Today these problems are being worked on. The environment is being worked on. The first regulations to reduce smoke emissions in the U.S. started in 1881. For 100 years, the public pressured national governments to regulate this. Since then, air pollutants declined 68 percent while the economy grew 175 percent. We’re using more and producing more with fewer resources and far less waste. Scientists call this the “Kuznets curve.” It describes how the environment worsens until the economy grows and the public demands a cleanup. Then things get better. 

They get better because people make things better a little bit by a little bit. 

A Better Environment

If do you fear the world will end due to global warming, you know we must do something about it. If you don’t fear the world ending, you like to breathe sweet clean air and see kids play on green grass. No one likes unnecessary pollution of our life-giving air and water. And things are getting better. Abnormal weather patterns in September reduced the size of the ozone hole to 1982 levels. The population of Humpback whales doubled. Bald eagles were once an endangered species. Now they are so plentiful in the San Bernardino National Forest, they are no longer counted. 

We now have a path to beat global warming. Bill Gates spent a few billions studying it. Gates says, whatever your belief, there is one solution – nuclear energy. It’s not possible with current technology to produce enough solar and wind power. Solar and wind power are subject to weather fluctuations. We don’t have the battery power to store through those fluctuations. The alternative is fossil fuels or nuclear. Solar and wind have their role, but an adjuvant source is necessary. This is a bipartisan initiative. Ernst Moniz, the Energy Secretary during the Obama administration, agrees: “There is no chance of meeting a net-zero greenhouse gas emissions by midcentury without everyone on deck, including advanced nuclear.”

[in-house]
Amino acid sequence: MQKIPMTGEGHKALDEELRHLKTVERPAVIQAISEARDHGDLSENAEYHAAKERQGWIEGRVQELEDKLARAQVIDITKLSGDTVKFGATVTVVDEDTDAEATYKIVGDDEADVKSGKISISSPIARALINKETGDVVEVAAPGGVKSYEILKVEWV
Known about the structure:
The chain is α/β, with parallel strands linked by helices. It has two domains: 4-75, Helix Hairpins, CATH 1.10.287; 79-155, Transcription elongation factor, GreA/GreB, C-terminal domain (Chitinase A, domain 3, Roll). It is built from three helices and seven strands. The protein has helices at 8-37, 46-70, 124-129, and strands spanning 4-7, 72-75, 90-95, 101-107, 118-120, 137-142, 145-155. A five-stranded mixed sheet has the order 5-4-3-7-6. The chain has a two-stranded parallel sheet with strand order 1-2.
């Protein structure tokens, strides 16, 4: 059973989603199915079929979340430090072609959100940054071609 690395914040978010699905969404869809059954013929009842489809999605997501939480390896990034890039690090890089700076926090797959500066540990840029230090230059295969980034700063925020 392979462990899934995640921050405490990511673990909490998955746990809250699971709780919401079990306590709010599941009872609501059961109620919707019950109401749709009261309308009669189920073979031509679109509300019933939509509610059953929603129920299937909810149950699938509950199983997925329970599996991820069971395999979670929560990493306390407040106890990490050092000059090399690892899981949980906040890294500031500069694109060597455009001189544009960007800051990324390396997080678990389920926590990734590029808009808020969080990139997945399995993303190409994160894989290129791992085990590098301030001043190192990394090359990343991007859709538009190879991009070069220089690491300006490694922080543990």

Nuclear power has changed. The old days when nuclear power plants could melt down are no more. No, you don’t have to worry about a “China Syndrome.” The two worst disasters in history at Chernobyl and Fukushima didn’t come close to the damage claimed there. New, fourth-generation plants are coming online. These fourth-generation nuclear power plants cannot melt down. Some even consume nuclear waste already generated from old plants.

More Opportunity for All

It is illegal to discriminate when hiring based on race, sex or sexual orientation. More women now graduate from college than men. Women, globally, control two-thirds of consumer expenditures. They often control purchases of healthcare providers. By 2030, women will control almost three-fourths of all wealth in the United States (MIT AgeLab). The future belongs to women. In more societies globally, most people view homosexuality more normally. Same-sex marriages are now legal in more than 30 countries. 

We are curing disease. The #1 and #2 cause of death in the United States and worldwide are heart disease and cancer. We can reduce the risk of both with more exercise and better diet. The good news is that we are becoming more health conscious. We are getting more exercise and eating better. Dietitians now agree consuming more vegetables reduces the risk of these.